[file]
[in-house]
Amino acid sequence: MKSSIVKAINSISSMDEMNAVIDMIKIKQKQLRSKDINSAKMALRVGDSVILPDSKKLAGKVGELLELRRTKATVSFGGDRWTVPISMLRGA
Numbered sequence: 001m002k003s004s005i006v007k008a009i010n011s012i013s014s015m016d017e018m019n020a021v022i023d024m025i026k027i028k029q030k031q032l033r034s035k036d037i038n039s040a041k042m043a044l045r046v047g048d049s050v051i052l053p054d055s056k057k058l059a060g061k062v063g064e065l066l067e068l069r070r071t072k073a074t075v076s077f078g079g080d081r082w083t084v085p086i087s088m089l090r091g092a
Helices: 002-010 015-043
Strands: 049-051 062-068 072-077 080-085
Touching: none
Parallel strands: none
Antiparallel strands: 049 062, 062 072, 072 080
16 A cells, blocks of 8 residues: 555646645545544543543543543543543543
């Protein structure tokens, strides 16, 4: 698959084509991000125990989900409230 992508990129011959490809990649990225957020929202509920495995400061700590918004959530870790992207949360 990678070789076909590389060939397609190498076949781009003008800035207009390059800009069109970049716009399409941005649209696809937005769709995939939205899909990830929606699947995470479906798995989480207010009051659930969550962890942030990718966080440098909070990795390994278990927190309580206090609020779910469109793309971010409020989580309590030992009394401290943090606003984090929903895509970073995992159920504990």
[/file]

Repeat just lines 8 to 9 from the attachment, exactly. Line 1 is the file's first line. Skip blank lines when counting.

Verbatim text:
Antiparallel strands: 049 062, 062 072, 072 080
16 A cells, blocks of 8 residues: 555646645545544543543543543543543543